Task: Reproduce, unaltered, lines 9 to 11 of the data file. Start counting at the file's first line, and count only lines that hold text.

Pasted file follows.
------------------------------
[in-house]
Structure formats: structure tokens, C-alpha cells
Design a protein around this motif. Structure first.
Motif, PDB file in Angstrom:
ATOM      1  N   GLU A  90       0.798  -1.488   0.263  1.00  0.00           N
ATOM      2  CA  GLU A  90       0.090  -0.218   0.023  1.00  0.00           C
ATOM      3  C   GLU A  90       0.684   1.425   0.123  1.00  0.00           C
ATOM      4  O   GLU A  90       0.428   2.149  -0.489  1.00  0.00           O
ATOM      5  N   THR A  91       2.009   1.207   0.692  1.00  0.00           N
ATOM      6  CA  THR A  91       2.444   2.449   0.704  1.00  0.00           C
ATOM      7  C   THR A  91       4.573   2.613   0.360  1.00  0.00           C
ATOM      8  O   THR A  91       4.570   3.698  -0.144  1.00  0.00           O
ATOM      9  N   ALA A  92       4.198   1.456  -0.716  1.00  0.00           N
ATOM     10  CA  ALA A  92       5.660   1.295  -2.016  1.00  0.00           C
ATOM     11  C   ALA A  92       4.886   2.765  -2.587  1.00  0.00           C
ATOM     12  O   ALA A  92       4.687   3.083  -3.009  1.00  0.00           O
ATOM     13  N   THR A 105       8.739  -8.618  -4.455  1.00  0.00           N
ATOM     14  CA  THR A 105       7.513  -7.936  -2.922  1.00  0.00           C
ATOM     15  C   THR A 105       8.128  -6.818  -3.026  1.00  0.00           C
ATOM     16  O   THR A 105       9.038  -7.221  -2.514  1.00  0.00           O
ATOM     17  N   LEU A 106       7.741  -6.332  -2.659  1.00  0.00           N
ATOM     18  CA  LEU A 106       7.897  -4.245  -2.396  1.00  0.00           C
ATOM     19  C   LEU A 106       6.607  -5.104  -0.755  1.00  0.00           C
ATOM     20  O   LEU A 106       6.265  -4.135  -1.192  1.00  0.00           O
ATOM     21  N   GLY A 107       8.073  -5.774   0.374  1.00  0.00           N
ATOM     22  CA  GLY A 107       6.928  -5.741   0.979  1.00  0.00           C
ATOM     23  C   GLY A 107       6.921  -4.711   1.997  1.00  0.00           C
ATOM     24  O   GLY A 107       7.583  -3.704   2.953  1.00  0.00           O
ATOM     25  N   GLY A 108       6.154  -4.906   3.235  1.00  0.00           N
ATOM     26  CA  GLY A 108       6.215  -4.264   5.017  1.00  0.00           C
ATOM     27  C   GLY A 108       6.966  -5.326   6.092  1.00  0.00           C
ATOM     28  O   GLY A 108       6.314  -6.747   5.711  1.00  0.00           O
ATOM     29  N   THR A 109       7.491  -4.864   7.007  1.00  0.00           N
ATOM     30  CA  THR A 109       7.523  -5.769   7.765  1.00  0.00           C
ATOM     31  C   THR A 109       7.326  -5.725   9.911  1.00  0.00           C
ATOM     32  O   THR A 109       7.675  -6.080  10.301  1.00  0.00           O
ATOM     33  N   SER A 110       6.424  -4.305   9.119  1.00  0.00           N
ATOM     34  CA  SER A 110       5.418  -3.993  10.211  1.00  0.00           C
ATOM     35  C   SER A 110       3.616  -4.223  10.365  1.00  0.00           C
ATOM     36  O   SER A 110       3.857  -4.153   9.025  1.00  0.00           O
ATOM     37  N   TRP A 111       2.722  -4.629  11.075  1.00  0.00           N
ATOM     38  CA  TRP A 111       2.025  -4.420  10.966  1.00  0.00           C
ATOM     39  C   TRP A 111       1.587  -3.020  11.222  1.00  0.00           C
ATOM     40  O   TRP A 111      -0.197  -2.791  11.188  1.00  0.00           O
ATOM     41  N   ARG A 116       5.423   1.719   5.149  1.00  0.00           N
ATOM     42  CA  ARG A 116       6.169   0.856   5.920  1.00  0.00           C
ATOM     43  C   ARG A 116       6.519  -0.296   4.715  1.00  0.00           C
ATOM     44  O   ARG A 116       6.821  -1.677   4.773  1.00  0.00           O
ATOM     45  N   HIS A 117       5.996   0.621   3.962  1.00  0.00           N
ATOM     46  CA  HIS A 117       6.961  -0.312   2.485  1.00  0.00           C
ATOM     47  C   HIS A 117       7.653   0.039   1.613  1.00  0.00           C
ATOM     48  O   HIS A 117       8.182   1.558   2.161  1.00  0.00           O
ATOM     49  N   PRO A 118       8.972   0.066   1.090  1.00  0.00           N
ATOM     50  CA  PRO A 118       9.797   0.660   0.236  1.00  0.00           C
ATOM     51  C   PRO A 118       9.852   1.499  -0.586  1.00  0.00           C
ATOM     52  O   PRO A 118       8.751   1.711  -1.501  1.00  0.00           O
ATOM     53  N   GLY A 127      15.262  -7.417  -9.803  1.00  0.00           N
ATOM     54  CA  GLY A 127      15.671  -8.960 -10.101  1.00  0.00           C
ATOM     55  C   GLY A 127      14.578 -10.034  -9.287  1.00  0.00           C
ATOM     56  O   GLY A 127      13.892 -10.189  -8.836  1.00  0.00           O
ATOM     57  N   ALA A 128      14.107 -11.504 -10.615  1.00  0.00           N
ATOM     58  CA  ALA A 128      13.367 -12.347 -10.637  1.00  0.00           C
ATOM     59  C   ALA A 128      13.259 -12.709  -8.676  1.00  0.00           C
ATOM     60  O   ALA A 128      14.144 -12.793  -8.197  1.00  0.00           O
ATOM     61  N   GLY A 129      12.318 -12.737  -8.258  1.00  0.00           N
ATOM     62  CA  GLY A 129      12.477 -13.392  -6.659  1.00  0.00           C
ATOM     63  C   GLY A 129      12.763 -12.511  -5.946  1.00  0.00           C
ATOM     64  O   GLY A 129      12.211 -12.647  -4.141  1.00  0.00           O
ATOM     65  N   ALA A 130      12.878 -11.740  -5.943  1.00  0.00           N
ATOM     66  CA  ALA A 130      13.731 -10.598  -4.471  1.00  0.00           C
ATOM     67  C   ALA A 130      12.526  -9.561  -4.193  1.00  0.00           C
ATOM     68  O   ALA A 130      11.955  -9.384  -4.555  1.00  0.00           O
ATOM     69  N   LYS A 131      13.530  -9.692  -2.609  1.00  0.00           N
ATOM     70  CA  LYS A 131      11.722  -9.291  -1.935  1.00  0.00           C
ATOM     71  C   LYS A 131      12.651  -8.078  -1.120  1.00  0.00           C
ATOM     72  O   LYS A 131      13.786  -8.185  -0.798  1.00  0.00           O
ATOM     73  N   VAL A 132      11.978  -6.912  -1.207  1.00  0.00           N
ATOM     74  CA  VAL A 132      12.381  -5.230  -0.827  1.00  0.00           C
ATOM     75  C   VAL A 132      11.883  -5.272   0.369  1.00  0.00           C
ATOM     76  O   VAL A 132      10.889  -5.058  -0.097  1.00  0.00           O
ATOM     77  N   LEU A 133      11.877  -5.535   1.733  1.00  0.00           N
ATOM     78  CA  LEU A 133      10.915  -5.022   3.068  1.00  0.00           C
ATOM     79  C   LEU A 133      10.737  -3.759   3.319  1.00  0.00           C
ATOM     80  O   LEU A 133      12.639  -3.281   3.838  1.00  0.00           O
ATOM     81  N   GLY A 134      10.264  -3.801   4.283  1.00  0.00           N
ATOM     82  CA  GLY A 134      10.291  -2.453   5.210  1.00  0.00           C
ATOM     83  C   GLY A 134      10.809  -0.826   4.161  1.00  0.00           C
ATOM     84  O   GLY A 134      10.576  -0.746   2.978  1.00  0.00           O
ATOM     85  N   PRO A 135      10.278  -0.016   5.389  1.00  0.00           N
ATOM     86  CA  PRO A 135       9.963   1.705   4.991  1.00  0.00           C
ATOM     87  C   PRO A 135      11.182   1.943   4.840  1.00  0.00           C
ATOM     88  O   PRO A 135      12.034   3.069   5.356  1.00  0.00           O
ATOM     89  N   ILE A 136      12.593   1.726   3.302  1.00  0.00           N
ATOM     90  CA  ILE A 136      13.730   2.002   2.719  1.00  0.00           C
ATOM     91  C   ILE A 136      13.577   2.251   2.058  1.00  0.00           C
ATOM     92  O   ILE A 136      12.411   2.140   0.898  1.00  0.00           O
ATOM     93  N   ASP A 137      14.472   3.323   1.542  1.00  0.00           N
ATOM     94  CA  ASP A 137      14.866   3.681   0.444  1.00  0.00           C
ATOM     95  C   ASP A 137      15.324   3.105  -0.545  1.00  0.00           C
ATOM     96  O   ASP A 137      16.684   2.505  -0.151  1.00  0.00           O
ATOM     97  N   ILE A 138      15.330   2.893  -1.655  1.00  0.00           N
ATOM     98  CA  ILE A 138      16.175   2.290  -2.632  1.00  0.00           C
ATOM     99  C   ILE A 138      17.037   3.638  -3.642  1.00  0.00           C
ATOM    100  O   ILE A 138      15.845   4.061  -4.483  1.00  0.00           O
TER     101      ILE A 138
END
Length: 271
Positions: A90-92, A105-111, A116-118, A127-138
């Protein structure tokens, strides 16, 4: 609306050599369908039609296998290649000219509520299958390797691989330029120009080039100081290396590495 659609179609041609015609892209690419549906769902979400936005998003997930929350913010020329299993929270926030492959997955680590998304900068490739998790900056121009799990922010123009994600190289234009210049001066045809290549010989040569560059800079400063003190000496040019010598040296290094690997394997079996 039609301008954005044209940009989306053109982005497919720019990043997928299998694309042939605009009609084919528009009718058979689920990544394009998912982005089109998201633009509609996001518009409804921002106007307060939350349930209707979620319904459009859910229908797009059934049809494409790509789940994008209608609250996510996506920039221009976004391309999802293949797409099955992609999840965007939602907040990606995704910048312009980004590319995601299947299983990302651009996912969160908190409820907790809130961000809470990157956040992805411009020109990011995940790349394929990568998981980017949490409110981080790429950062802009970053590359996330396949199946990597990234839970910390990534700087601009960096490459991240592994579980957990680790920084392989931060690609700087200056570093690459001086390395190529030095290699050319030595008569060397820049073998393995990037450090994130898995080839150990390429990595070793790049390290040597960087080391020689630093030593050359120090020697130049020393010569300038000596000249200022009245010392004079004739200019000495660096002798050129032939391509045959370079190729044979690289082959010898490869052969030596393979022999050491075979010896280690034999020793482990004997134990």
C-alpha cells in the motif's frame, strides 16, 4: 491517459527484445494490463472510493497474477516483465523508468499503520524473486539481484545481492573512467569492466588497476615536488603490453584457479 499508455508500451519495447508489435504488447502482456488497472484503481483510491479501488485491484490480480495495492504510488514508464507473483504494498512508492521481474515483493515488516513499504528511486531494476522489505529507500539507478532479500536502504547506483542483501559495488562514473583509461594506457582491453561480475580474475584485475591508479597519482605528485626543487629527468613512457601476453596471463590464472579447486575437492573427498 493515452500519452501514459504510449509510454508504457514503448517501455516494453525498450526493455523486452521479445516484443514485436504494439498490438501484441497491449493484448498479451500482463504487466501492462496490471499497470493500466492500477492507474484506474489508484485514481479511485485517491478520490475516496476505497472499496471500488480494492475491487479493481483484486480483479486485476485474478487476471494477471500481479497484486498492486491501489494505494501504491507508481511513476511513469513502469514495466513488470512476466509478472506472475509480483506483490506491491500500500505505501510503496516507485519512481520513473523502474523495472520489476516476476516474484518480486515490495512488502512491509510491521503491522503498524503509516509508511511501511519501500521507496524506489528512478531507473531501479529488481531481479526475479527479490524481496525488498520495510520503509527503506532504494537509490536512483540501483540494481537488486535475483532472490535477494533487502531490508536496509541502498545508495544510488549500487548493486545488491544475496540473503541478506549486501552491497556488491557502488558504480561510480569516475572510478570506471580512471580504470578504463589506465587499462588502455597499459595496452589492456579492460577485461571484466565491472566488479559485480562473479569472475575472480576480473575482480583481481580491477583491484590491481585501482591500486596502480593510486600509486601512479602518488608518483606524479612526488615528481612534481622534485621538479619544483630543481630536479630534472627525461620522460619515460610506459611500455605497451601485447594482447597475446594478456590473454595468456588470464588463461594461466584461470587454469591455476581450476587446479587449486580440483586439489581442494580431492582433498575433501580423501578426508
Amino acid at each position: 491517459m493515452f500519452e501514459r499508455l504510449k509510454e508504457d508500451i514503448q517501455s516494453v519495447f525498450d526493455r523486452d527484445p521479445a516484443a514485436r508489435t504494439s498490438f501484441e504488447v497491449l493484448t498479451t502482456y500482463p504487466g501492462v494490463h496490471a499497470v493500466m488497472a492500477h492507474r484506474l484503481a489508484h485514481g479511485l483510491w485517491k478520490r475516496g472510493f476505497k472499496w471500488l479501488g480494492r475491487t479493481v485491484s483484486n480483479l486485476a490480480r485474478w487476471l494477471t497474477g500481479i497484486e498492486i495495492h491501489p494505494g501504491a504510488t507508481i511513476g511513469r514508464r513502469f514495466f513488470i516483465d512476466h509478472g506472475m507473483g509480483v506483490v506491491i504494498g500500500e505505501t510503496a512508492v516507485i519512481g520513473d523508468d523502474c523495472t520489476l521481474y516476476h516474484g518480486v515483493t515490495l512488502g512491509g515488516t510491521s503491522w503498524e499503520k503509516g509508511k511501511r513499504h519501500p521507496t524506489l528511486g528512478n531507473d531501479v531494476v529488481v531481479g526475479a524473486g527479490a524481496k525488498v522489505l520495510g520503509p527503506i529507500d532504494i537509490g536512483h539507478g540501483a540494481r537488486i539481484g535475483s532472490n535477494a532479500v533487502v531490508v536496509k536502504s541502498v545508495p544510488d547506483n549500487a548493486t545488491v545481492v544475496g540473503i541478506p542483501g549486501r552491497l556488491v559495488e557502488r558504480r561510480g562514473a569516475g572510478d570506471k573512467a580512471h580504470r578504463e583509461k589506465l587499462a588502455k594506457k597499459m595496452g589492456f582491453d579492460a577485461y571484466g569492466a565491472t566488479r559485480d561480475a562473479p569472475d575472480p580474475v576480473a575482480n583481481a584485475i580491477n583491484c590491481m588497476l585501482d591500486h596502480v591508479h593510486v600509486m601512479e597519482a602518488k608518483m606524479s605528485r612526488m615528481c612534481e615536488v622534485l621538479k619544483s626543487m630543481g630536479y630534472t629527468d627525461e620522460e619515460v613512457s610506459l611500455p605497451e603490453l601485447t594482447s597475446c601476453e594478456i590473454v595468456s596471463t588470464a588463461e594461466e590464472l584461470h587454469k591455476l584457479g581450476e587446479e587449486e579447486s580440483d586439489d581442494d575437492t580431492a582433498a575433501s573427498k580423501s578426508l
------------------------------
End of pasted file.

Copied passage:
ATOM      5  N   THR A  91       2.009   1.207   0.692  1.00  0.00           N
ATOM      6  CA  THR A  91       2.444   2.449   0.704  1.00  0.00           C
ATOM      7  C   THR A  91       4.573   2.613   0.360  1.00  0.00           C